All over the world, 1 May is recognised as Worker’s Day, a reminder to uphold workers’ rights and fair practices in the workplace. 


The trust factor for business to do right has increased significantly in the last two years up from 66%.  Studies show that 82% of employees globally trust that companies will do the right thing. Still, we cannot deny that business has a long way to go in creating competitively fair and safe work environments. In fact, reports show that pay inequalities persist as the CEO-to-worker pay ratio has soared over the years, despite efforts to highlight fair pay in South Africa and abroad. 


Similarly, the World Economic Forum’s 2021 Global Gender Gap Report estimates that it will take an average of 135.6 years to reach gender parity due to COVID-19 as closing the gender pay gap remains elusive.


Why pay matters


According to Mercer’s 2022 Global Talent Trends, employees across the globe rank competitive pay and fair pay practices as one of the top 10 reasons they join and stay with their organisations. For instance, employees in the Life Sciences industry rank competitiveness of pay as the number one reason to join an employer and 2 out 3 report that they are satisfied and not planning to leave. Employees in industries such as Chemicals, Energy, Financial Services and Manufacturing value competitive pay as the second most important reason to stay after job security. 


So, which are the highest paying industries in Africa?

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We pulled out the top 10 major economies in Africa by gross domestic product (GDP) in 2021 to give you a quick look at the top paying industries in the region
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While pay may not be the only important thing, it still remains the core foundation to the employee value proposition. Given that HR leaders are prioritising Addressing pay, gender and other equity gaps and Rethinking compensation plans in 2022, it is encouraging to see that HR leaders plan to protect the financial welfare of employees. 





Five Total Rewards Strategies for Talent Retention


  •  Offering more types of rewards and compensation (e.g. spot bonuses, gift cards, time off)
  • Increasing compensation for those below the benchmark today
  • Proactively adjusting pay to address internal equity 
  • Increasing employer benefits cost coverage to increase take-home pay
  • Increasing retention bonuses




Did you miss the previous Mercer Perspective newsletter?

Click here to find out what HR leaders are prioritising across Africa.


Trust and employability


The employee trust factor for employers to do right extends to learning and skills development. In fact, globally, 77% of employees say they trust their organisation to upskill or reskill them, if their job changes due to technology (up from 63%). Given that 87% of CEOs in Africa are concerned about skills shortage, it is not surprising that CEOs believe that investing in up/reskilling will deliver better business outcomes.

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Did you know that 65% of African CEOs believe that skills shortage was preventing them from innovating effectively, while 59% agreed that their quality standards and customer experience were being undermined? In addition, 54% confirmed that they were missing their growth targets because of inadequate skills.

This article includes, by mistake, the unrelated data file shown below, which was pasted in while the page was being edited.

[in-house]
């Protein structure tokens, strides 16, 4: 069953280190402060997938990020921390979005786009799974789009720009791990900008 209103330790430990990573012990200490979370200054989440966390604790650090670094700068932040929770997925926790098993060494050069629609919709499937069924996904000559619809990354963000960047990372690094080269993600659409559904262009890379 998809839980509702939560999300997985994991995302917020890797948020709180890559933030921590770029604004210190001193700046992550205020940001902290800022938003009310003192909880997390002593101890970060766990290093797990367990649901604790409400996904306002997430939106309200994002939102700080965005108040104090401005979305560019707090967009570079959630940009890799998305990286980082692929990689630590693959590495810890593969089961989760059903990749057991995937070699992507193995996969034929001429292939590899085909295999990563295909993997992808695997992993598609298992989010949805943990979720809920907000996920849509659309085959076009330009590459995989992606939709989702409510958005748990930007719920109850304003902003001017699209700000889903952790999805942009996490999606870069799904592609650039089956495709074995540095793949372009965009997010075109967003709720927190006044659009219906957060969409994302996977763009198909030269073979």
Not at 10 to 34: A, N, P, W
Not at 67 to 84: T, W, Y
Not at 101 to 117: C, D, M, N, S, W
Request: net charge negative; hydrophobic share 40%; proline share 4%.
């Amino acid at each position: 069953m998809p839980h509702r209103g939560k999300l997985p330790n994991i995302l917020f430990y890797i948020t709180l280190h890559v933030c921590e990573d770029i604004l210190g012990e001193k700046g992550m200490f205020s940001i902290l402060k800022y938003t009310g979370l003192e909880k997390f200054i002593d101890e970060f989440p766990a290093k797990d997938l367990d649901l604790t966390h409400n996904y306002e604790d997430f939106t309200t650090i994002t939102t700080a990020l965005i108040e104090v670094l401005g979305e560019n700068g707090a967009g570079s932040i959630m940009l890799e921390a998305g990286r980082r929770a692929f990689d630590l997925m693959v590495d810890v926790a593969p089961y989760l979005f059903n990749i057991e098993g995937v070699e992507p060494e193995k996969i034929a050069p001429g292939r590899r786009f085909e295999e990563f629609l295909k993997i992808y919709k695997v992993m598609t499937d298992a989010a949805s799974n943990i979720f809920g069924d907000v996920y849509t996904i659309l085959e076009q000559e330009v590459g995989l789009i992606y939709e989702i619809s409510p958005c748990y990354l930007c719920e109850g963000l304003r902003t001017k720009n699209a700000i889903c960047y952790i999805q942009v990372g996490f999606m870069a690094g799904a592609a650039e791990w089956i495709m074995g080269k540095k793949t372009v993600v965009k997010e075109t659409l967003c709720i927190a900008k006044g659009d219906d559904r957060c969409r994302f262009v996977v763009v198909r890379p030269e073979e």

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How aligned are CEOs and HR on this topic? Studies show that HR in Africa are also prioritising investing in skills and learning.  

What is HR prioritising in Africa




"Studies show that HR leaders in Africa are prioritising investing in skills and learning to increase employability and boost productivity. "


However, there are several barriers facing HR leaders, such as concern that reskilled/upskilled talent will leave, inability to keep up with pace of emerging skill needs, inability to specify actual skill gaps and so forth. Considering that the opportunity to continuously develop and learn is one of the top 10 reasons employees join and stay in an organisation, it is time that HR leaders find ways to remove some of the barriers to designing a learning culture. 



Six Steps to Getting Started


  1.  Audit your readiness to become a skills-based organisation
  2. Know your skills advantage
  3. Help managers know the skills they have on their team
  4.  Understand the skills-work gap
  5. Enable employees to develop
  6. Develop a pay-for-skills approach aligned to your company’s future skill needs


Competitive and fair pay


Employees rank competitive pay as the third most important reason to stay. Kick-start your journey towards a competitively fair pay strategy with Africa’s most comprehensive salary survey. 


Build a talent ecosystem


Getting started or looking to accelerate your skills development programme? Build a vibrant and resilient talent ecosystem that can meet your company’s skill needs.



Global Mobility Foundations Course


Build expertise in expatriate compensation and benefits and their application for different types of Mobility. Course available in May and November. 




Did you know that CEOs rank investing in learning and skills development their #1 most critical workforce investment in 2022? Help your HR team step with Mercer Learning. Click here to learn more.


HR has played a critical to organisational trust


Evidently, organisation trust is up as employees expect companies to do right, despite challenges facing many organisations. CEOs acknowledge that HR has played a significant role in bringing employees and organisations closer during the pandemic, taking different roles to lead, guide and direct companies through the pandemic. Yet, HR cannot drive trust singlehandedly. It is up to every business leader to lead with empathy and get it right in order to deliver better business outcomes.  

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